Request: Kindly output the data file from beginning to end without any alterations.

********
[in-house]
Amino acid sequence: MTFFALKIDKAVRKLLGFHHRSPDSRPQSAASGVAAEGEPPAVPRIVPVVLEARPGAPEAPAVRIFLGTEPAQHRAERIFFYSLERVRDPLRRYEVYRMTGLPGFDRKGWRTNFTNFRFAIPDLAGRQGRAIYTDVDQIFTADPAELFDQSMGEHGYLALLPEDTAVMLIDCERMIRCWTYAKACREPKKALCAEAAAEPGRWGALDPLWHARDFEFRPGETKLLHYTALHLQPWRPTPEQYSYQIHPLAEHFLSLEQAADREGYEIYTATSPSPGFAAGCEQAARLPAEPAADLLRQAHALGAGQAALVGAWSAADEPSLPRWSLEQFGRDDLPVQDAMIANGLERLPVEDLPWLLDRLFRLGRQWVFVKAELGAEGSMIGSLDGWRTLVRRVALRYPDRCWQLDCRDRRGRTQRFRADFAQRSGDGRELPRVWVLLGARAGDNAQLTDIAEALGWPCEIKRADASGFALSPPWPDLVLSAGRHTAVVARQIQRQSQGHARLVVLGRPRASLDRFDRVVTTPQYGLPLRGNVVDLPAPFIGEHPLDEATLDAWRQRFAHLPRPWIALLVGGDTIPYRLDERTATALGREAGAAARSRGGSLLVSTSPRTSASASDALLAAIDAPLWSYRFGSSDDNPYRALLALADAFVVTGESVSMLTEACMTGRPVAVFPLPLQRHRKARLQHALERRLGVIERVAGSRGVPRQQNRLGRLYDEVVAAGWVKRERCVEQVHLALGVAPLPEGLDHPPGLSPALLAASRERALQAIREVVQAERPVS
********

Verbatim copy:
[in-house]
Amino acid sequence: MTFFALKIDKAVRKLLGFHHRSPDSRPQSAASGVAAEGEPPAVPRIVPVVLEARPGAPEAPAVRIFLGTEPAQHRAERIFFYSLERVRDPLRRYEVYRMTGLPGFDRKGWRTNFTNFRFAIPDLAGRQGRAIYTDVDQIFTADPAELFDQSMGEHGYLALLPEDTAVMLIDCERMIRCWTYAKACREPKKALCAEAAAEPGRWGALDPLWHARDFEFRPGETKLLHYTALHLQPWRPTPEQYSYQIHPLAEHFLSLEQAADREGYEIYTATSPSPGFAAGCEQAARLPAEPAADLLRQAHALGAGQAALVGAWSAADEPSLPRWSLEQFGRDDLPVQDAMIANGLERLPVEDLPWLLDRLFRLGRQWVFVKAELGAEGSMIGSLDGWRTLVRRVALRYPDRCWQLDCRDRRGRTQRFRADFAQRSGDGRELPRVWVLLGARAGDNAQLTDIAEALGWPCEIKRADASGFALSPPWPDLVLSAGRHTAVVARQIQRQSQGHARLVVLGRPRASLDRFDRVVTTPQYGLPLRGNVVDLPAPFIGEHPLDEATLDAWRQRFAHLPRPWIALLVGGDTIPYRLDERTATALGREAGAAARSRGGSLLVSTSPRTSASASDALLAAIDAPLWSYRFGSSDDNPYRALLALADAFVVTGESVSMLTEACMTGRPVAVFPLPLQRHRKARLQHALERRLGVIERVAGSRGVPRQQNRLGRLYDEVVAAGWVKRERCVEQVHLALGVAPLPEGLDHPPGLSPALLAASRERALQAIREVVQAERPVS